What Leaders are Learning

Leaders Are Extraordinary

Leaders Are Extraordinary

Leadership Spokane is committed to the truism that leaders always learn. Attending a national School Board conference this past weekend, I applauded their theme ‘Be Extraordinary.’ For the future of education and our students, no better theme can I imagine. Extraordinary is defined as remarkable or unique—above the mark. Educating for our future should always be best of the best or extra ordinary. I quickly realized that having written 175 blogs, this is really the overall theme of all my leadership blogs. When leaders have a natural aspiration to serve others, they elevate themselves to be extra ordinary. Certainly, leaders earn extra perks whether it be more pay, better office space or additional respect, but to deserve these rewards, leaders should do the work necessary to deserve this added respect.

Dean Bokhari lists 10 extraordinary characteristics of a leader on his website

1. Conscious 2. Clear 3. Confident 4. Competent 5. Courageous 6. Collaborative 7. Cheerful
8. Creative 9. Committed 10. Contributive

Yet, the common theme between all these characteristics is decisiveness. The science of leadership is not complicated but the art of leadership is much more complicated when faced with the complexity of life. Leaders who are able to be decisive and follow through on these common characteristics are able to make decisive differences. General Robert Lee was a military genius who masterfully moved his armies to win many battles at the start of the Civil War. His genius was actually decisiveness when matched against his counterpart, the timid Gen McClellan, thus always leading to Confederate victory. Bokhari adds that leadership that inspires others is truly extraordinary: “It’s the impact, the ideas, the changes that YOU ENABLE in OTHERS — that is what truly makes a difference.”

Peter Economy is his May 2015 Inc. article “27 Signs That You Are an Extraordinary Leader” lists his top five characteristics of an extraordinary leader—note they seem to come right out of Robert Greenleaf’s servant leader playbook:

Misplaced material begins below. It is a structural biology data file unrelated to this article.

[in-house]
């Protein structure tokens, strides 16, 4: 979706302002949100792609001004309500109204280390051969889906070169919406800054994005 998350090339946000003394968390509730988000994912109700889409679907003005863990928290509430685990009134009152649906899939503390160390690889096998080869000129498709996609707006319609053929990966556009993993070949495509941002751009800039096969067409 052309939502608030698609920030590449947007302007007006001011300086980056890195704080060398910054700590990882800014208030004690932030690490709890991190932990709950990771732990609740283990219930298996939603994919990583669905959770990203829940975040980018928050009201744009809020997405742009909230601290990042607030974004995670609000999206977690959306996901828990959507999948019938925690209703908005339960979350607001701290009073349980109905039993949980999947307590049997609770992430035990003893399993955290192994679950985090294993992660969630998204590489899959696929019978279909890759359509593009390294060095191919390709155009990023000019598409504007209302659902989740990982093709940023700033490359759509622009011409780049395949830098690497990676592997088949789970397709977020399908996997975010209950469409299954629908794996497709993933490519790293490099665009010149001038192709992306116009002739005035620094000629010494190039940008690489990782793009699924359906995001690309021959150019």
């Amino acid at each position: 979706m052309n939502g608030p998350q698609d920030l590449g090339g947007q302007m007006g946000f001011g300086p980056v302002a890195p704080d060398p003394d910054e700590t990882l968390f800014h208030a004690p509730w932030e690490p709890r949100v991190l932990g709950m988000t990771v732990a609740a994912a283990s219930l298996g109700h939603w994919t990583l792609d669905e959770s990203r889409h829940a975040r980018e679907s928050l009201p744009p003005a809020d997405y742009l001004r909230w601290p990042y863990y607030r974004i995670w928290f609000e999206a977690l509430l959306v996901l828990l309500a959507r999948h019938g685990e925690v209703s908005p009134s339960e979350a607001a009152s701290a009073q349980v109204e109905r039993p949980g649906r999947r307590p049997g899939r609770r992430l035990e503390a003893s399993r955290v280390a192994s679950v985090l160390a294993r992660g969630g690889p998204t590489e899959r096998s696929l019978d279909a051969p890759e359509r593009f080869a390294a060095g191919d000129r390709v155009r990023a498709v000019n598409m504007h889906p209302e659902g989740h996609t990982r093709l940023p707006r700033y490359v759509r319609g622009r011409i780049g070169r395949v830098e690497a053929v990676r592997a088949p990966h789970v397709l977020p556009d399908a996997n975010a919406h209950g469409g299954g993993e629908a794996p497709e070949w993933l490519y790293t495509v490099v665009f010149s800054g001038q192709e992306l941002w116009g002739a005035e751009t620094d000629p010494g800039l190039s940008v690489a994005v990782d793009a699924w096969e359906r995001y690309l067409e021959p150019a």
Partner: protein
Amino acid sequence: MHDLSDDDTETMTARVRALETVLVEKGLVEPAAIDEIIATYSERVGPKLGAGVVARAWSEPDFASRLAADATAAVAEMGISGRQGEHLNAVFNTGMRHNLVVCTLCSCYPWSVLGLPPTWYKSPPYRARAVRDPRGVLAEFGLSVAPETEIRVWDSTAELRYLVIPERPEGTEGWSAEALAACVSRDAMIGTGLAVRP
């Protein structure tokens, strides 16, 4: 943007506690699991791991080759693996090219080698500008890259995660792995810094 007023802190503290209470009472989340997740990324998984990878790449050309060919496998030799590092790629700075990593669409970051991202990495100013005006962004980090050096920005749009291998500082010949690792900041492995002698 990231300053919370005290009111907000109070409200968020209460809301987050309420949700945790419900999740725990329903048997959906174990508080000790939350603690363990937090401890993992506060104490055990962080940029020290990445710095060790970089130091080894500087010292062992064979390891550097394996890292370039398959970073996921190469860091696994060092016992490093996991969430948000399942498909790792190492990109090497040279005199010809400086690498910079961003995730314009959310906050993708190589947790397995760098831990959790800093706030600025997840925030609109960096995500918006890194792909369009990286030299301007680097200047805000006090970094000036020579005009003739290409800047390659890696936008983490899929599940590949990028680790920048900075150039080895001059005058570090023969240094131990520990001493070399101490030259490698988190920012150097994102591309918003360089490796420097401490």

1. You care about how others feel.
2. You listen to what others have to say.
3. You selflessly help others.
4. You encourage others to speak to you freely.
5. You are always open to suggestions.

Blogger Susan Tolles makes an amplifying point in her article “Top Traits of Extraordinary Leaders” ( that the most gifted leaders also know the skills they lack and build a team that can supplement. Taken together, extraordinary leaders put people first, act decisively with humility and vision, and acknowledges weakness. Extraordinary leaders are rare by definition but they are the final answer for a situation going from good to great. In our educational world, superintendents and school board members who are extraordinary ‘move the needle’ for every student they help build processes and systems for—they are the ideal for a better America.

The national school conference was held this year in San Antonio, most known for the famous Alamo battle. Despite ten to one odds, 200+ frontiersmen of the early American Republic chose to defend the abandoned church mission. Under siege and surrounded, Texan William Travis refused to surrender writing a last-ditch letter to the world: “I am determined to sustain myself as long as possible & die like a soldier who never forgets what is due to his own honor & that of his country. VICTORY OR DEATH.” His small force was eventually overwhelmed but the lopsided battle became a rallying cry for the new Texas Republic. “Remember the Alamo” inspired Texas forces to aggressively secure their territory less than a month later. The Alamo defenders were extraordinary in their courage and became part of American lore. This weekend reminded me of the elusive goal all leaders should strive for: “Be extraordinary.”

A leader is one who sees more than others see, who sees farther than others see, and who sees before others see. ~ Leroy Eimes